Can’t disclose data on trials: Vaccine makers to Supreme Court
Submitting its reply to Puliyel’s petition in November last, the central drugs standard control organization (CDSCO) said that entertaining such a petition would harm public interest.
Primary data on clinical trials and adverse events of Covid-19 vaccines cannot be put out in public domain and only the drug regulators should have access to such data, vaccine manufacturers Bharat Biotech Ltd and Serum Institute of India (SII) told the Supreme Court on Tuesday.
Opposing a petition filed by Dr Jacob Puliyel, a former member of the National Technical Advisory Group on Immunisation, the vaccine companies maintained that the regulations require them to submit pertinent data on clinical trials and adverse events to the Drugs Controller General of India (DCGI) for evaluation and they have done so.
Senior advocate Guru Krishnakumar, appearing for Bharat Biotech, submitted before a bench led by justice L Nageswara Rao that there is no legal mandate to disclose raw data to an individual or a group of persons when the regulator has already been in custody of such data for conducting an evaluation and taking suitable measures.
“The petitioner today is asking for redacted data. Tomorrow, he will start asking for further details. There won’t be an end to this. Further, the WHO guidelines referred to by the petitioner do not mandate the disclosure of the primary data but only talks about analysis of the data. The petitioner, who claims to be a domain expert, should be aware of this,” argued Krishnakumar.
He added that the efficacy of Covaxin (Bharat Biotech’s vaccine) has been established with the passage of time and that Covaxin follows the inactivated virus model which is identified as the safest in the world. “Therefore, the premise of the petition simply does not stand. Our trials are going on and informed consent is taken,” said Krishnakumar.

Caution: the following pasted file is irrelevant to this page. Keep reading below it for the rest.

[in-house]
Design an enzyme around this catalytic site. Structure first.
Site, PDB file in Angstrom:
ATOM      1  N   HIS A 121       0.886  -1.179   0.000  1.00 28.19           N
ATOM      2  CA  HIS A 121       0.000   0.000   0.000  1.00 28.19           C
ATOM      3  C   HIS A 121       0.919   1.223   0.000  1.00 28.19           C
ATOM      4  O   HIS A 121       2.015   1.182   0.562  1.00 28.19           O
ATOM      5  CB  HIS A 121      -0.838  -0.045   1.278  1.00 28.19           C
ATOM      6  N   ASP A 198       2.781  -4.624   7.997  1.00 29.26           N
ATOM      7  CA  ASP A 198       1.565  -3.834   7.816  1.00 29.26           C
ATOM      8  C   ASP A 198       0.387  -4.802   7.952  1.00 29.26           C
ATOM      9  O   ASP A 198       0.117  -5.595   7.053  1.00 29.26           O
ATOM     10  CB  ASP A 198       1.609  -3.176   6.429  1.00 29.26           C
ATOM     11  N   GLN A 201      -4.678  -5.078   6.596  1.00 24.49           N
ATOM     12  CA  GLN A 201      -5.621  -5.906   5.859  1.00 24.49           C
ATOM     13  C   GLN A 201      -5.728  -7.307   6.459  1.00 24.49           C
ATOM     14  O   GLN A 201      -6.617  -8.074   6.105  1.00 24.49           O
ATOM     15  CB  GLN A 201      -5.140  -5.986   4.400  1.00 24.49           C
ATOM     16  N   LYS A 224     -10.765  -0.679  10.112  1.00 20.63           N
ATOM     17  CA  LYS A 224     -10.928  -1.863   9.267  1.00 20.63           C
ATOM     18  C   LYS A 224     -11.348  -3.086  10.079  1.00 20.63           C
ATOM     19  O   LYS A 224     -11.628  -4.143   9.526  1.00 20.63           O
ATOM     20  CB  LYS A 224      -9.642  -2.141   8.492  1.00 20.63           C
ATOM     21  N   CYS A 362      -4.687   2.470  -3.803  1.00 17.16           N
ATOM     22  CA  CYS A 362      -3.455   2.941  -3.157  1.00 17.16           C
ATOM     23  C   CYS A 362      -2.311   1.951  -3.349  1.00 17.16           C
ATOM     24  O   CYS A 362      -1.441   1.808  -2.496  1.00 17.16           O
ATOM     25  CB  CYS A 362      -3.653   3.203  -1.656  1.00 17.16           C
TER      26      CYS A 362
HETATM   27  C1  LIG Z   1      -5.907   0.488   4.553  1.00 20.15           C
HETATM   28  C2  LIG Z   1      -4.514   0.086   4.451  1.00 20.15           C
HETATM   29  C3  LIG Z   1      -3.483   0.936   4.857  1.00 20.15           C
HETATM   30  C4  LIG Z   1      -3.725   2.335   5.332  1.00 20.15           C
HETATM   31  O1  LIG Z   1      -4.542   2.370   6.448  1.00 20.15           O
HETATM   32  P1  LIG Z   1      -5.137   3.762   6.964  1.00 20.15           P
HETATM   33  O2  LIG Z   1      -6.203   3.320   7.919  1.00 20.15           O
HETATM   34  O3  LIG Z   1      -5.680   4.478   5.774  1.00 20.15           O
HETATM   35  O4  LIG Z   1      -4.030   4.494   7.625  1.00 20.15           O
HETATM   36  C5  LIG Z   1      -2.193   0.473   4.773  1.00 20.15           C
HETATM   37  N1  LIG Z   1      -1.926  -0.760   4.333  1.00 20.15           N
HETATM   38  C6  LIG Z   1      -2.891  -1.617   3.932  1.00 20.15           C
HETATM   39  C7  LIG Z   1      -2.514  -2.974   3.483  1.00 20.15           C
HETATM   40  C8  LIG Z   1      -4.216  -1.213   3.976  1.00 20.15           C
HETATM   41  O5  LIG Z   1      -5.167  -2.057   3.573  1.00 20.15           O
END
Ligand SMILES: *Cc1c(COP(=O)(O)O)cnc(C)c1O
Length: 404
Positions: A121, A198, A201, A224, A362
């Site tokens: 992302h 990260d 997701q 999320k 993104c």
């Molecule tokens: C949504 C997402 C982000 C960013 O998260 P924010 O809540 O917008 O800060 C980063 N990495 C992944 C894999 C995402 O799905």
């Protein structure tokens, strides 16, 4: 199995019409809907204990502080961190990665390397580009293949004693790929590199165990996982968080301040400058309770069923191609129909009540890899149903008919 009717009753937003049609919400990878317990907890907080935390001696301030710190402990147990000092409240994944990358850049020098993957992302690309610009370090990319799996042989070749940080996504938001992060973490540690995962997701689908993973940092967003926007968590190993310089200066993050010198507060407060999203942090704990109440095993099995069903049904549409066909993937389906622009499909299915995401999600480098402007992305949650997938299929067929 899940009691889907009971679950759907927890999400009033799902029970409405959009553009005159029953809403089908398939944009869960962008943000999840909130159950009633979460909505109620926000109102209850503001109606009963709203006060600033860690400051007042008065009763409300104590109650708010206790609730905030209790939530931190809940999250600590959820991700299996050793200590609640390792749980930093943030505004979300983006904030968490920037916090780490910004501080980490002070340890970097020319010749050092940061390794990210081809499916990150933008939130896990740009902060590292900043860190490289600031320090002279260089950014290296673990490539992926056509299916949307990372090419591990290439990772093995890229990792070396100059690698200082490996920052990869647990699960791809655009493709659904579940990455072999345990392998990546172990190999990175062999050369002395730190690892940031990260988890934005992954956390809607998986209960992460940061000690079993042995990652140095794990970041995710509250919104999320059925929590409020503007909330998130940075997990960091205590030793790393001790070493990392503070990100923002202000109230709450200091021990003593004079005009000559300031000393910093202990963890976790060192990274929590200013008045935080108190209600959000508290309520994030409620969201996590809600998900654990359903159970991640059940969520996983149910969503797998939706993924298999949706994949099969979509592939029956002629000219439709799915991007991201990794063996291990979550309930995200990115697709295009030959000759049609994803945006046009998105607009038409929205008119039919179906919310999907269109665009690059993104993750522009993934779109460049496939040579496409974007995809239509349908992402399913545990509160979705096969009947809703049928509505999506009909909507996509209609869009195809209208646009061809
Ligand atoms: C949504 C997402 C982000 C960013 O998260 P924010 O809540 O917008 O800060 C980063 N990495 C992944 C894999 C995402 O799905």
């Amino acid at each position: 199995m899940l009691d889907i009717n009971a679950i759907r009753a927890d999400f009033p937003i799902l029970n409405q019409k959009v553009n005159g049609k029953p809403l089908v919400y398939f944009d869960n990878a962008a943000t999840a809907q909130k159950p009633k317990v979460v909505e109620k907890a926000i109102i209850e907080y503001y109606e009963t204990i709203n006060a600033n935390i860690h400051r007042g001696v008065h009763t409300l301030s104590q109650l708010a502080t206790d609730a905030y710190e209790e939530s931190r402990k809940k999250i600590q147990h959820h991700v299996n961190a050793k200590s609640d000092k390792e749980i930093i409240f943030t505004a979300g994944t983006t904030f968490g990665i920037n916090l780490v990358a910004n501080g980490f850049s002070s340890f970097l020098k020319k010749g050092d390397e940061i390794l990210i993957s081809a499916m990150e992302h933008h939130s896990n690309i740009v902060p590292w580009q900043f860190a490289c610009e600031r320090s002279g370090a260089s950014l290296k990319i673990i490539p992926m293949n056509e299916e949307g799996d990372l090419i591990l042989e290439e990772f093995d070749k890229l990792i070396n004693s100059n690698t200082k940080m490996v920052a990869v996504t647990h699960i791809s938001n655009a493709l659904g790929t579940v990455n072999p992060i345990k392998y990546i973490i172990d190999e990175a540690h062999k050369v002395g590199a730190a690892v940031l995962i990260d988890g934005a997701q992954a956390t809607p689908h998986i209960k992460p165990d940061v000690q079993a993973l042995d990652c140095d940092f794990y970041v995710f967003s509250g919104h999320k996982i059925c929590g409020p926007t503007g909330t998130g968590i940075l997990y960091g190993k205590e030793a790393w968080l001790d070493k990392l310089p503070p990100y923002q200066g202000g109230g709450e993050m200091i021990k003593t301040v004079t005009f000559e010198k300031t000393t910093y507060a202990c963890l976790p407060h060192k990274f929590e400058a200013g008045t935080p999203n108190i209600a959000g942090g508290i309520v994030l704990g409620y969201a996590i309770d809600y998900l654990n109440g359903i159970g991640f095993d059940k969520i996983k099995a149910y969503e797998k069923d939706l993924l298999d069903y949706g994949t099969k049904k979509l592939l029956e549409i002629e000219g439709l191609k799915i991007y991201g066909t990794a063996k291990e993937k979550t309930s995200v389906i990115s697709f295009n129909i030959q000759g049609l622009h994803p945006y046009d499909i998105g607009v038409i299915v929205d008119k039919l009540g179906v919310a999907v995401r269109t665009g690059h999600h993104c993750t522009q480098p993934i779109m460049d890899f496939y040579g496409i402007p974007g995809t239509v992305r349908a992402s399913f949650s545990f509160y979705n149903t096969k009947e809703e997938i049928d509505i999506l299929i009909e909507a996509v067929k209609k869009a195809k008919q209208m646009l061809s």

Krishnakumar said that the issue has to be seen in the light of the fact that over 1.8 billion doses administered, only 0.004% adverse events were reported, adding even the Right To Information (RTI) exempts disclosure of information that include commercial confidence, trade secrets or intellectual property and can harm the competitive position of a third party. Most of the doses administered in India are of Covishield, made by Serum Institute.
The counsel for SII also opposed Puliyel’s plea for disclosure of raw data. “As a matter of principle, they cannot ask for data. My data is with the regulator. That is where it should be,” said SII’s counsel.
Puliyel’s petition, besides challenging the specific vaccine mandates issued by some of the state governments, also raised the issue of transparency with regard to information on vaccine trials before they were given emergency use authorization. It also sought segregated data for each of the phases of clinical trials undertaken with regard to the Covid vaccines administered in the country and the adverse effects following immunization. The plea also questioned the efficacy of the vaccines against the infection.